Microsoft Corporation (NASDAQ:MSFT) has just announced that they have signed their largest wind energy deal — a 237 megawatt purchase that will enable their Cheyenne, Wyoming datacenter to be powered entirely by wind. The announcement was made on November 14 via the company’s blog.
Through Allianz Risk Transfer (ART), Microsoft acquired 178 megawatts from the Bloom Wind Project in Kansas. Supposedly, this is the first project that will make use of ART’s innovative system designed to facilitate a more efficient and cost-effective way to finance wind generation while minimizing the risks associated with uncertain power volume generation.
Through Black Hills Corp., they purchased an additional 59 megawatts from the Happy Jack and Silver Sage wind farms in Wyoming. Combined, these sources should be enough to power their Cheyenne, Wyoming datacenter on a yearly basis.
Moreover, through the partnership with Black Hill Energy, the agreement also included the provision that the site’s backup generators will serve as a secondary resource for the local grid. Meaning, the generators will support the local community by providing additional energy during high demand periods, and consequently helping eliminate the need to build a new power plant, as well as avoid the need to raise power rates.
According to Microsoft President and Chief Legal Officer Brad Smith: “Microsoft is committed to building a responsible cloud… Our commitment extends beyond greening our own operations because these projects help create a greener, more reliable grid in the communities in which we operate.”
Currently, Microsoft has a 110-megawatt power 20-year purchase agreement with Keechi Wind farm in Texas and another 175-megawatt agreement with the Pilot Hill Wind Project in Illinois. The company also has a partnership with the Commonwealth of Virginia and Dominion Virginia Power. The goal is to bring 20 megawatts of solar energy onto the grid in Virginia.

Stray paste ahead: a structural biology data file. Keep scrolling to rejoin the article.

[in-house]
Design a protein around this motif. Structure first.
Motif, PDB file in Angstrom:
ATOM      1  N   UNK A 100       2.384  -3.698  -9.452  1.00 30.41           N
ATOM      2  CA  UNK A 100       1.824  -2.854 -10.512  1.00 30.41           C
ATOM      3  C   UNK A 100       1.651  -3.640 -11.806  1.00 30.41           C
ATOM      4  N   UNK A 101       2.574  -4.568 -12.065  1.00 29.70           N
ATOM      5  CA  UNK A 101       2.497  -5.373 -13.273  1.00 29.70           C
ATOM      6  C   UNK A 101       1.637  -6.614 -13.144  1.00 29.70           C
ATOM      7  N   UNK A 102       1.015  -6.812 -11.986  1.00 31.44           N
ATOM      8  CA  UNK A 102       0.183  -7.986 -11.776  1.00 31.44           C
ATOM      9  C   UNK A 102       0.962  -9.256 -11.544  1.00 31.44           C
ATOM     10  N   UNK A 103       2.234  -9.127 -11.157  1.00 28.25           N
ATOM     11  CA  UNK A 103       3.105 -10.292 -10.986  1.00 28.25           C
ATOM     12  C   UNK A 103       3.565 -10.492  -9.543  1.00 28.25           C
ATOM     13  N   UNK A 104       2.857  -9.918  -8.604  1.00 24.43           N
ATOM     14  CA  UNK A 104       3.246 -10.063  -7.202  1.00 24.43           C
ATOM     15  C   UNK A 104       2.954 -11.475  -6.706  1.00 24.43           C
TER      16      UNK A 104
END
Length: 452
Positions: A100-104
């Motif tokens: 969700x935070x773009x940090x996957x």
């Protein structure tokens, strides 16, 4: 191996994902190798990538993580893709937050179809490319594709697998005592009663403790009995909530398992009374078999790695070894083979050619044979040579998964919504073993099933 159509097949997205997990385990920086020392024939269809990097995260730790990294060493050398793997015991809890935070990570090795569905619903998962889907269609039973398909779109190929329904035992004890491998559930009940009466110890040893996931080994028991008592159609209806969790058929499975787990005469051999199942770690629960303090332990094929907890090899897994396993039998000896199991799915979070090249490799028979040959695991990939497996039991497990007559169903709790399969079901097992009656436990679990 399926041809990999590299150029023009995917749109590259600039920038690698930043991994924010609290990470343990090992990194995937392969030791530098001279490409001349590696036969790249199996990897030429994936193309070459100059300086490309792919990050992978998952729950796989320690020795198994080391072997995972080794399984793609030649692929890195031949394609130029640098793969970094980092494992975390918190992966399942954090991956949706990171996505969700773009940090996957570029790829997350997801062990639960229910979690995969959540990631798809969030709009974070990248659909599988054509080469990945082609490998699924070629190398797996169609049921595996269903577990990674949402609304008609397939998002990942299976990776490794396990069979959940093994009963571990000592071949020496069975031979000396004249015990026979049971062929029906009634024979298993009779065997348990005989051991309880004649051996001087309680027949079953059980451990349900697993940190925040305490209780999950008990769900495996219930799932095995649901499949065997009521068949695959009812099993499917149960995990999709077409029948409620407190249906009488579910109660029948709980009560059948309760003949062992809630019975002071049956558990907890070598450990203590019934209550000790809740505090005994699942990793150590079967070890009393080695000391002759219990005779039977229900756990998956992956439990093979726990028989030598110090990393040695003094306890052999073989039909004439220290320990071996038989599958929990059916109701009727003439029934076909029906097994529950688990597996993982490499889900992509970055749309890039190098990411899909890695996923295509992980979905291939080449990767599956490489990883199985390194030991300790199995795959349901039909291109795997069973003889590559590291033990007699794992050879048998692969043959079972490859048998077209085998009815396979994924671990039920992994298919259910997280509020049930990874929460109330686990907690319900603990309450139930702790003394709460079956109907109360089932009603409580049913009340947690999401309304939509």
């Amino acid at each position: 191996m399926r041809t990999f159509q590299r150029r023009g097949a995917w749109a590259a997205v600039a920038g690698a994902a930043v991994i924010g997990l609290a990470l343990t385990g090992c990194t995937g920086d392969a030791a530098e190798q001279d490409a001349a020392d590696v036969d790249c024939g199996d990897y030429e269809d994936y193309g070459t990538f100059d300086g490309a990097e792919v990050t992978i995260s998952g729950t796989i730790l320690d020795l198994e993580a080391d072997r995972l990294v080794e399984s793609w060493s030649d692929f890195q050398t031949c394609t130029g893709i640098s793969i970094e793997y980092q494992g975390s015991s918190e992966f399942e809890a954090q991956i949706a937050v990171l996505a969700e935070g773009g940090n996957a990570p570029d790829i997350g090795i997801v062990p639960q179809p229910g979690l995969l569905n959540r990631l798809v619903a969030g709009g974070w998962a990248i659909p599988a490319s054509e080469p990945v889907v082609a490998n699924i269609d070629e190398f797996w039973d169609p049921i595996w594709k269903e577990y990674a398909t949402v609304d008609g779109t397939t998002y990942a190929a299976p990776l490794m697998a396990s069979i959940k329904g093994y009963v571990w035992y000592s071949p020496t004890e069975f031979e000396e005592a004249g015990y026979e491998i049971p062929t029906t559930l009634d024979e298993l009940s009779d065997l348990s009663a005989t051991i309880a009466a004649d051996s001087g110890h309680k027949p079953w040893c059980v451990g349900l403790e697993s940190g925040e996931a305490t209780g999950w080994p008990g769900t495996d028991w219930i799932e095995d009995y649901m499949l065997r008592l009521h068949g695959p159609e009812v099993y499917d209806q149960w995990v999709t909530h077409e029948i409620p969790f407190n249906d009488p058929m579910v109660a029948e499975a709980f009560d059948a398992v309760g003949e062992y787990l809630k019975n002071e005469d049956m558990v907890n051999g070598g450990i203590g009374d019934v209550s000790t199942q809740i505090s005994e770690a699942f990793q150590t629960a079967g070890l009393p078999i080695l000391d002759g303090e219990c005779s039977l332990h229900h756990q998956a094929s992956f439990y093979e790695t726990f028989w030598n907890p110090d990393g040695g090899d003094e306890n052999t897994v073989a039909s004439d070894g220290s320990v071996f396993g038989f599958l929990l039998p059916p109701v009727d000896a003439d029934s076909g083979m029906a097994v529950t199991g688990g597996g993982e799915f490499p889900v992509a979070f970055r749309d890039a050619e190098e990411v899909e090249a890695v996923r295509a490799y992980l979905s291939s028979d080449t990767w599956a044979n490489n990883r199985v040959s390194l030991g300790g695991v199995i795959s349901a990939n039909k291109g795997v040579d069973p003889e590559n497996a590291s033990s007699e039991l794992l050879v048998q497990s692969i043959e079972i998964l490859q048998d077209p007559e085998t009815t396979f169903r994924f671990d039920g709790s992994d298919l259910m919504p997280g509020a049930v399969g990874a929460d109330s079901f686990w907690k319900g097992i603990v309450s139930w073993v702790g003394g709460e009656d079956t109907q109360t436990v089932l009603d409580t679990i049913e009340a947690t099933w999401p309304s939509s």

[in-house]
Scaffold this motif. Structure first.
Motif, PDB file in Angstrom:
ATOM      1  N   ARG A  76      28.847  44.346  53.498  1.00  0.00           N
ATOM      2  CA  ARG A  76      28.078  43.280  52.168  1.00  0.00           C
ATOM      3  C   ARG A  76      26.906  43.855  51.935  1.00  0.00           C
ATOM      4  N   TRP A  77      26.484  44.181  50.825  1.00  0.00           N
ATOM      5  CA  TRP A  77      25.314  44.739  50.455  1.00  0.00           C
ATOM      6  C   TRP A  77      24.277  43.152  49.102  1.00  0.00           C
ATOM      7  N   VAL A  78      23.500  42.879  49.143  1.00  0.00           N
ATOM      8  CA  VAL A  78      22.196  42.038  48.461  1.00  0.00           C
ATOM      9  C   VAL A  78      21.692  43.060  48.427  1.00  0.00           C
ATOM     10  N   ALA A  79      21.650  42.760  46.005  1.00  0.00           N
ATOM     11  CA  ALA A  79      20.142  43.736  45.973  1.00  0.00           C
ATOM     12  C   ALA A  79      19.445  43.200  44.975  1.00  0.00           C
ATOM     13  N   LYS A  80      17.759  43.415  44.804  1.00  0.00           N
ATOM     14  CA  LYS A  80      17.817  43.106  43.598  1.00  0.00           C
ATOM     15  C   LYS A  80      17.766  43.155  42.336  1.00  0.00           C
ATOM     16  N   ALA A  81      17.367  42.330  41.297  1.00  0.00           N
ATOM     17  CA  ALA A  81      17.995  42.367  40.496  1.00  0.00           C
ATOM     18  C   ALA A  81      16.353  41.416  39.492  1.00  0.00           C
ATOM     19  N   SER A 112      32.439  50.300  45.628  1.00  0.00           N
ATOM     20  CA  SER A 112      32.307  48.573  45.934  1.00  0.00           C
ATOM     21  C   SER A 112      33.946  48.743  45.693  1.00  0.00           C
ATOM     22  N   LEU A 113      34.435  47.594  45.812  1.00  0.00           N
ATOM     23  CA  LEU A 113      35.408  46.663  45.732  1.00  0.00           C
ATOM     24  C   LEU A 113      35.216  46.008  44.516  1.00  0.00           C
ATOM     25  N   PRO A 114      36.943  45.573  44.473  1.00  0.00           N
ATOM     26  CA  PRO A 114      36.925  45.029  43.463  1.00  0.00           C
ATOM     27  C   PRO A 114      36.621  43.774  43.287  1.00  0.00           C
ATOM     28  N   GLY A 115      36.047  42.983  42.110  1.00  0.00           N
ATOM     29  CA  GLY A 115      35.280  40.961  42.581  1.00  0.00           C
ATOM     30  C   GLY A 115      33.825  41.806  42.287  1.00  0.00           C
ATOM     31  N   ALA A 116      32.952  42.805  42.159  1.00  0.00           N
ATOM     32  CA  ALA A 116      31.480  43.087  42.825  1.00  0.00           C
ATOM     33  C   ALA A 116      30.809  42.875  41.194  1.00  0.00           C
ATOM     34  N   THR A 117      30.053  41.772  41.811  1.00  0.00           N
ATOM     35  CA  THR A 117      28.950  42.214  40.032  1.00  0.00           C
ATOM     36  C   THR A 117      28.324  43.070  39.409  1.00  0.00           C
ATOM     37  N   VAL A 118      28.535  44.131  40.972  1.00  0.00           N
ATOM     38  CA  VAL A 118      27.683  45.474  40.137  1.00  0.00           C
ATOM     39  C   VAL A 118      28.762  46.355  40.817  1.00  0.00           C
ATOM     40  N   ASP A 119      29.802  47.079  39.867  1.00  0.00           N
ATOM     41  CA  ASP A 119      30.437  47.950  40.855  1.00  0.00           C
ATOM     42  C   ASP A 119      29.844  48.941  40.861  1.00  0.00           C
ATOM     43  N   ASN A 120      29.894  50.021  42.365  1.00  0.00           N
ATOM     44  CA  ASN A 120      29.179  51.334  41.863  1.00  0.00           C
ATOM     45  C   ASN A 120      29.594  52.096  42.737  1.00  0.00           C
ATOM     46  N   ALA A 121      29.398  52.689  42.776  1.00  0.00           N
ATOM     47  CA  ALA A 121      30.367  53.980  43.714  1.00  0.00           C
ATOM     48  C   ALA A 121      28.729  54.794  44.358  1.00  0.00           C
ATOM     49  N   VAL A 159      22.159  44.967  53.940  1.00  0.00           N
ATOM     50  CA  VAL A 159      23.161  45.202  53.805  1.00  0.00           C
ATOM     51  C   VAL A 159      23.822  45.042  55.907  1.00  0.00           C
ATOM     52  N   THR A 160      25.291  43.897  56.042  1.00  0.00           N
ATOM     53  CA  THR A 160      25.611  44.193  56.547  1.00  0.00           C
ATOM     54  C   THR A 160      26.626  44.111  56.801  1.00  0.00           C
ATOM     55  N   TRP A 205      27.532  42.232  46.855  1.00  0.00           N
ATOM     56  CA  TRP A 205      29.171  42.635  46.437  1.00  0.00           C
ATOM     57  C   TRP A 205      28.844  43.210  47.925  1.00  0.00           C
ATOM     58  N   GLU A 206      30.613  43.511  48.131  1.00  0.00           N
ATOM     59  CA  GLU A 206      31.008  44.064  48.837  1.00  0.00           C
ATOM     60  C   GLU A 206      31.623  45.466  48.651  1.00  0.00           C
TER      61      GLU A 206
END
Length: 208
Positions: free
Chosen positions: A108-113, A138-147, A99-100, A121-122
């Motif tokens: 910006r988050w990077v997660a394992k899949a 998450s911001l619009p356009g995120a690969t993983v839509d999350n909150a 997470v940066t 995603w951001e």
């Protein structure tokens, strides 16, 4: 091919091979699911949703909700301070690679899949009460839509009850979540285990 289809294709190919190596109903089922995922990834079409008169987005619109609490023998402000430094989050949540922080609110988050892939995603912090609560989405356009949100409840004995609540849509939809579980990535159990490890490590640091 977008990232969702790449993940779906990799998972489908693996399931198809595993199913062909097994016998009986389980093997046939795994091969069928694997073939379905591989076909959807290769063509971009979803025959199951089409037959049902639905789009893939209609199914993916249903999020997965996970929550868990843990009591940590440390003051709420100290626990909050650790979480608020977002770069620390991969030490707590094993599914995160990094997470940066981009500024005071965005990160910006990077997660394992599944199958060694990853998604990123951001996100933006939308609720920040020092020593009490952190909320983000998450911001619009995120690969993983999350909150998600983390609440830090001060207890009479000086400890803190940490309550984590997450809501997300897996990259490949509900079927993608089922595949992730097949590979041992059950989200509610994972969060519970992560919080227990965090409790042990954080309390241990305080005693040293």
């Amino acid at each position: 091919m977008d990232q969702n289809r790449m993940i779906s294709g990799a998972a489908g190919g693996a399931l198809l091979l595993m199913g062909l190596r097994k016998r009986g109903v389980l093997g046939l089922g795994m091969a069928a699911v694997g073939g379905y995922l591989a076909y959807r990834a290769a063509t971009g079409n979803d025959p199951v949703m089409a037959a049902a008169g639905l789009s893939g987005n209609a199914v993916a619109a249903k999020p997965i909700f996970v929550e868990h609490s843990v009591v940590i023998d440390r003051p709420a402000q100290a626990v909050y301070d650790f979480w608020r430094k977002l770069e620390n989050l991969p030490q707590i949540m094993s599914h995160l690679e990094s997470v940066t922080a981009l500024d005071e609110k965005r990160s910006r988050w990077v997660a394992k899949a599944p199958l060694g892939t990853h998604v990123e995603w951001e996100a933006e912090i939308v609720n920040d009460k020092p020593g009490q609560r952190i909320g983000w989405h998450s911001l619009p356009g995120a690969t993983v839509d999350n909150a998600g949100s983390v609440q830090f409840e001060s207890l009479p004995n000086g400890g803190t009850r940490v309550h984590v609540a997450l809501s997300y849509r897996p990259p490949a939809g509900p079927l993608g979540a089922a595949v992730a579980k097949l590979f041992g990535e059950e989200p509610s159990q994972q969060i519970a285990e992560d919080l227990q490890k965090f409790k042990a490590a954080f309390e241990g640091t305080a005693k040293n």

All in all, Redmond has purchased a total of 500 megawatts of energy from wind power sources. With their latest purchases, they are well on their way to making good on their promise to shift to “greener data centers”.
This year, around 44% of their electricity has already been generated from renewable resources — hydropower, solar power and wind power. By 2018, the software giant is hoping to increase this number to 50%. After a few years, Microsoft is hoping to increase it again to 60%, then continue to improve from there.
Microsoft, Amazon, Alphabet Inc.’s Google and a few other tech names are trying to find efficient ways to support growth of their cloud services. In the blog post announcing the new green data center goals, Microsoft’s Brad Smith acknowledged that “data centers will rank by the middle of the next decade among the large users of electrical power on the planet.”
Considering how sustainability, renewable energy, and going green have become some of the most significant terms in our world that’s dealing with the threat of climate change and global warming, it’s encouraging to see some of the biggest companies doing their share and sincerely working towards becoming part of the solution. For the sake of us all, we hope more of them will join the club soon.